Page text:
DTI was used by Casey et al.59 in a functional study to assess how variation in the fronto-striatal white matter tracts might contribute to deficits in executive function (especially the lack of control of inhibition) in ADHD individuals. In this study, it was observed a correlation between lower FA in the fronto-striatal regions (prefrontal cortex and caudate nucleus) and poorer cognitive performance on tests of inhibition. Moreover, there was an association between ADHD patients and their parents in FA in frontostriatal right fibers, reinforcing the idea of heritability of frontostriatal structures right in with ADHD. This finding reinforces the idea of an atypical development of frontostriatal tracts causing cognitive impairment. According to Sowell et al.60, it is known that the white matter of the prefrontal region matures more slowly during childhood and adolescence. Thus, together with the data from this study, we can state that increased cognitive control corresponds to a progressive myelination of frontostriatal regions.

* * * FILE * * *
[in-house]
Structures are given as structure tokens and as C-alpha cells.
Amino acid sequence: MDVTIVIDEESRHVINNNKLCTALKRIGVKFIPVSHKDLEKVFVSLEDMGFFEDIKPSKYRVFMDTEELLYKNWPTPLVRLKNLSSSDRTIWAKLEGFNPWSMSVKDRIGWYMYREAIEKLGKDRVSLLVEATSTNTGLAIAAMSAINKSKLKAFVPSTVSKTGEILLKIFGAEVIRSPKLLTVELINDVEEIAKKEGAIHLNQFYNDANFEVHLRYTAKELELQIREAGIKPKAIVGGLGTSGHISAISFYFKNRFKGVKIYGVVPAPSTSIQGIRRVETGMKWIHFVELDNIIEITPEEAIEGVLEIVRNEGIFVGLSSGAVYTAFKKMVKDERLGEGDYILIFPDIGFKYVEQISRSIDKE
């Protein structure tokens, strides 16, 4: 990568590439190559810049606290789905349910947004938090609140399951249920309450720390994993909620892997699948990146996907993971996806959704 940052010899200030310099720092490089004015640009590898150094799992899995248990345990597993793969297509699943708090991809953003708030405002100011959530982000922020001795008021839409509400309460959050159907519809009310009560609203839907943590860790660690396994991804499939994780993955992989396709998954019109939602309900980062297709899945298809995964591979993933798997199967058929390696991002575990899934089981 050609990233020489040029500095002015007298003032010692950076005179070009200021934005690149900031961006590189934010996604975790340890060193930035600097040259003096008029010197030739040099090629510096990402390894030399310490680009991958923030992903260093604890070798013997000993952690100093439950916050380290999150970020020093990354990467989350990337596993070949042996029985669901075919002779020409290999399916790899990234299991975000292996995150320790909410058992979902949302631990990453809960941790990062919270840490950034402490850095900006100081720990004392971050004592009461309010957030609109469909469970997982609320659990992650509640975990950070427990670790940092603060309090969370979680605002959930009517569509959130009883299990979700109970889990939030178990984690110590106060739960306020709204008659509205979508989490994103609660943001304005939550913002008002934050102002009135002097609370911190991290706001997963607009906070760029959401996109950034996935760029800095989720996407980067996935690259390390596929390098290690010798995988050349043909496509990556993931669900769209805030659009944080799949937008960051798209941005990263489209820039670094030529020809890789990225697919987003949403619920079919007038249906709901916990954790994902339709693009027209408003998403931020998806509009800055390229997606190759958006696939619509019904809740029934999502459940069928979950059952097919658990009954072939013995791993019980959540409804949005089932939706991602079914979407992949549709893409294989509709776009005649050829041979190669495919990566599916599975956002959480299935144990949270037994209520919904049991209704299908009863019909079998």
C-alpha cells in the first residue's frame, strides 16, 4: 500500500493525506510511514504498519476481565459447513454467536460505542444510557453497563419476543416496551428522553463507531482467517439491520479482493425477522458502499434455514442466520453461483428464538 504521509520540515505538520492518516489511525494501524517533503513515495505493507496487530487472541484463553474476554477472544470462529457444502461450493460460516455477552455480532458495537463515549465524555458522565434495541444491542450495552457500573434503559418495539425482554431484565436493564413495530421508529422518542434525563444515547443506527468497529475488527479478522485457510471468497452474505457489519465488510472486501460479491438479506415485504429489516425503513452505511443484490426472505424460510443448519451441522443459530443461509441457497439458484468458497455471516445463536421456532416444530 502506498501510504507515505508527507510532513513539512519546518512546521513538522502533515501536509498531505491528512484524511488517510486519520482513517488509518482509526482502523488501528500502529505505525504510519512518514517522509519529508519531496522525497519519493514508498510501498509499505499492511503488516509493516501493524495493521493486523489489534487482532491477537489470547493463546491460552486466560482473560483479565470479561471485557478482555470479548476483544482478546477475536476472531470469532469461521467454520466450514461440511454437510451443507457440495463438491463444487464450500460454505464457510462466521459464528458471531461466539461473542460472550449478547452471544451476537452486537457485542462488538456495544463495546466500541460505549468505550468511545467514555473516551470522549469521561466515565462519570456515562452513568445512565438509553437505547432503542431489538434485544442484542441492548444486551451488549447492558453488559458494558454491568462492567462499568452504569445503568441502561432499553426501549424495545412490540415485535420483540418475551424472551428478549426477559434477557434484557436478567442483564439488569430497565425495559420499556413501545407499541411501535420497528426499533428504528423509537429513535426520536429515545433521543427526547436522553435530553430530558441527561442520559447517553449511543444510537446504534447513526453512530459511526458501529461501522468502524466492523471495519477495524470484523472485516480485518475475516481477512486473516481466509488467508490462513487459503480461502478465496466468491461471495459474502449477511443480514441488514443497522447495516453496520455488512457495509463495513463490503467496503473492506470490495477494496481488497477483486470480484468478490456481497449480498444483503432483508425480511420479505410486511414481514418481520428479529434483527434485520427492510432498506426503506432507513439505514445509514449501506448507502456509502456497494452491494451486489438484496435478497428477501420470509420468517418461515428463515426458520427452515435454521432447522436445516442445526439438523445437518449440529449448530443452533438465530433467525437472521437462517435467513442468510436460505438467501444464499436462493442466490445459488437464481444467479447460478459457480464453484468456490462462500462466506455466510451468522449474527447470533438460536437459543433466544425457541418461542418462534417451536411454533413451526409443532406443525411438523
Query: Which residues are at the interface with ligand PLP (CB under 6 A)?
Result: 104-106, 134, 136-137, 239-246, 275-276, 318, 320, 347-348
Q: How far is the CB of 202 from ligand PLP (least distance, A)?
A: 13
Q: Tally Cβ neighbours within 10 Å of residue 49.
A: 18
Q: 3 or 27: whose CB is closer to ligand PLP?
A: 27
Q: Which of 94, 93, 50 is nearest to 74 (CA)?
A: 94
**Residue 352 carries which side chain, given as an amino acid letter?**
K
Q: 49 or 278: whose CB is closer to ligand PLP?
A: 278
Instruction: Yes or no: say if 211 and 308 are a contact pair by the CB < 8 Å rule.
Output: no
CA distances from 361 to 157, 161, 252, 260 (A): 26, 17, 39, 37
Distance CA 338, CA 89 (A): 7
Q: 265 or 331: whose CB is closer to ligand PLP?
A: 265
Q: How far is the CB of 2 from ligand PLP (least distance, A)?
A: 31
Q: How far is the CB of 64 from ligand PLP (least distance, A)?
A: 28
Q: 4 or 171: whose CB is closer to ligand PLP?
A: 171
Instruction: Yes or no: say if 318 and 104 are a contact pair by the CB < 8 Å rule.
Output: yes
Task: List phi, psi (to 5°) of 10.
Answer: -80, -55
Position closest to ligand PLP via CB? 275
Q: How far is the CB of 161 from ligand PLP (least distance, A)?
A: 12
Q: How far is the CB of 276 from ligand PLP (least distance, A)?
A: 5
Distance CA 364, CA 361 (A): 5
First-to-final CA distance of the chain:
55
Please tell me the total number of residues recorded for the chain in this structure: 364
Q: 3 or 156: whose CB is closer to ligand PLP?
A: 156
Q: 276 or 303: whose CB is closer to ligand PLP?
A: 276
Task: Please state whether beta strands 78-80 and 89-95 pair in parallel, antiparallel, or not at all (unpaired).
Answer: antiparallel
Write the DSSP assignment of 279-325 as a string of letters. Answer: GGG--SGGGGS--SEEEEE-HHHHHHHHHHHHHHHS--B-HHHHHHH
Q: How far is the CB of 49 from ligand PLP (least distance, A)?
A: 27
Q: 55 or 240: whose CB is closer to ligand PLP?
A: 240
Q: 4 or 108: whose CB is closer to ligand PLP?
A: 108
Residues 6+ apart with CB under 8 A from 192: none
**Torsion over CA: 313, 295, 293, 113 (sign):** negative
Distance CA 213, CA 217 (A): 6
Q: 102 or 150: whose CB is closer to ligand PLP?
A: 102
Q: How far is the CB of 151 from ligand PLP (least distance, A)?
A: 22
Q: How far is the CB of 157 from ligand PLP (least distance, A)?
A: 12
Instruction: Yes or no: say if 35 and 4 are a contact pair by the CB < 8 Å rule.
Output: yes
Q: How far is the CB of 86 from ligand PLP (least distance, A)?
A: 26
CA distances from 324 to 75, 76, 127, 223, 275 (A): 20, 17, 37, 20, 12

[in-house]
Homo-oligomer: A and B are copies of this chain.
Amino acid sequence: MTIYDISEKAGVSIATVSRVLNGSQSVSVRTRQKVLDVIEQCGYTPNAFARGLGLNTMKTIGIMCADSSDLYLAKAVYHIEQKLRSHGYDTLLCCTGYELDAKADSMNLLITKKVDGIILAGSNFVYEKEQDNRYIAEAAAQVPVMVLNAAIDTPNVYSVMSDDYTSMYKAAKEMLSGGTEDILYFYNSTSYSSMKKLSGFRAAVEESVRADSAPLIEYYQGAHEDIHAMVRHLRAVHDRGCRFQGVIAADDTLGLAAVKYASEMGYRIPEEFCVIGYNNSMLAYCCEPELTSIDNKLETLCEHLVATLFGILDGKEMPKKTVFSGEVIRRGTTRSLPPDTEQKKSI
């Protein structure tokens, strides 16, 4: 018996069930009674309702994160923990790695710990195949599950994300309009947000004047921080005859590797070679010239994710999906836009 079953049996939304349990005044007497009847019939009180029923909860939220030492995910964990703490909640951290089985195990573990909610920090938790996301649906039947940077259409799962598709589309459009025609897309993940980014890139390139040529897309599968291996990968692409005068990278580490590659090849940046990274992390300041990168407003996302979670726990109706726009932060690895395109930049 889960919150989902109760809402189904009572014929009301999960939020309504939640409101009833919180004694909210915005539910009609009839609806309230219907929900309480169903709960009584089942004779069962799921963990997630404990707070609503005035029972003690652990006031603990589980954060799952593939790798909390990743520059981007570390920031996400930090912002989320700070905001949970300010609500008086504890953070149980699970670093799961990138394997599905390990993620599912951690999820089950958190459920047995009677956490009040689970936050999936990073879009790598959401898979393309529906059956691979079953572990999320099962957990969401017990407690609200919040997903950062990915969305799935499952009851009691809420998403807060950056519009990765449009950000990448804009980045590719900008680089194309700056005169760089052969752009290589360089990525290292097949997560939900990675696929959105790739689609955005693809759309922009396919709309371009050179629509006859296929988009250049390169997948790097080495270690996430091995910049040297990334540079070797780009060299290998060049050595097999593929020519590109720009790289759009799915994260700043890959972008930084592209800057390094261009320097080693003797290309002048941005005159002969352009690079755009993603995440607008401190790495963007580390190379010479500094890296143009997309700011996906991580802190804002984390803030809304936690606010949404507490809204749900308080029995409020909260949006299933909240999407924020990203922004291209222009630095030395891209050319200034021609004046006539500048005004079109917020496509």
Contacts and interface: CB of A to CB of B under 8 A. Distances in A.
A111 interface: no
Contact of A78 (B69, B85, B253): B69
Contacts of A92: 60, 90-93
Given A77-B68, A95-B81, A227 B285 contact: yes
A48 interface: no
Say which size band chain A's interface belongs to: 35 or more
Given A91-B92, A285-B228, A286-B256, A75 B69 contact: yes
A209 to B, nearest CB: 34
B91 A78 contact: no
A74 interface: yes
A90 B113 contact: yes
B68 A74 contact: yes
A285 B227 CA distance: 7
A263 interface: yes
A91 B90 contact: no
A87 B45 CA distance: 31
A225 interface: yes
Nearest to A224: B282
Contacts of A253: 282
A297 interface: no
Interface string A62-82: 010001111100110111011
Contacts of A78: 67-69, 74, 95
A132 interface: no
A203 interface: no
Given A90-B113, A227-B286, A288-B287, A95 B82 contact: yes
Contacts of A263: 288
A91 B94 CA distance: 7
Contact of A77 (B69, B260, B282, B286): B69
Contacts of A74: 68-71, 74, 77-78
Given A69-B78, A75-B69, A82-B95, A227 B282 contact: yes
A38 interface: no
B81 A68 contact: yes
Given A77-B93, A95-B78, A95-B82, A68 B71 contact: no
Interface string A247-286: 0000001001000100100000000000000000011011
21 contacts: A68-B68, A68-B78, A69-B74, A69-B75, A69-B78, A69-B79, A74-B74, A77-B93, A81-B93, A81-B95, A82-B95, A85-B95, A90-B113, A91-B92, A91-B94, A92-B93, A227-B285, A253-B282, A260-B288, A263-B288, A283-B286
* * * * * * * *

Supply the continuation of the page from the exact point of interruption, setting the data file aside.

MRI advanced techniques involving DTI, spectroscopy and morphometry has brought great advances in the understanding of the neurobiology of ADHD. Although there are still some inconsistencies between studies, the results obtained so far demonstrate the potential involvement of the splenium of corpus callosum, cingulated gyrus, caudate nucleus, cerebellum, striatum, frontal and temporal cortices in the genesis of this disorder. In order to make the findings more robust, studies are needed involving a larger number of subjects in prospective way.
It is noteworthy that, although promising, the techniques described above have not yet been incorporated in daily clinical practice and, in patients with ADHD, they are used primarily in clinical research. It is also important to note that differences can be observed when analyzing groups of individuals with ADHD and control subjects, but it is difficult to distinguish differences in individual cases.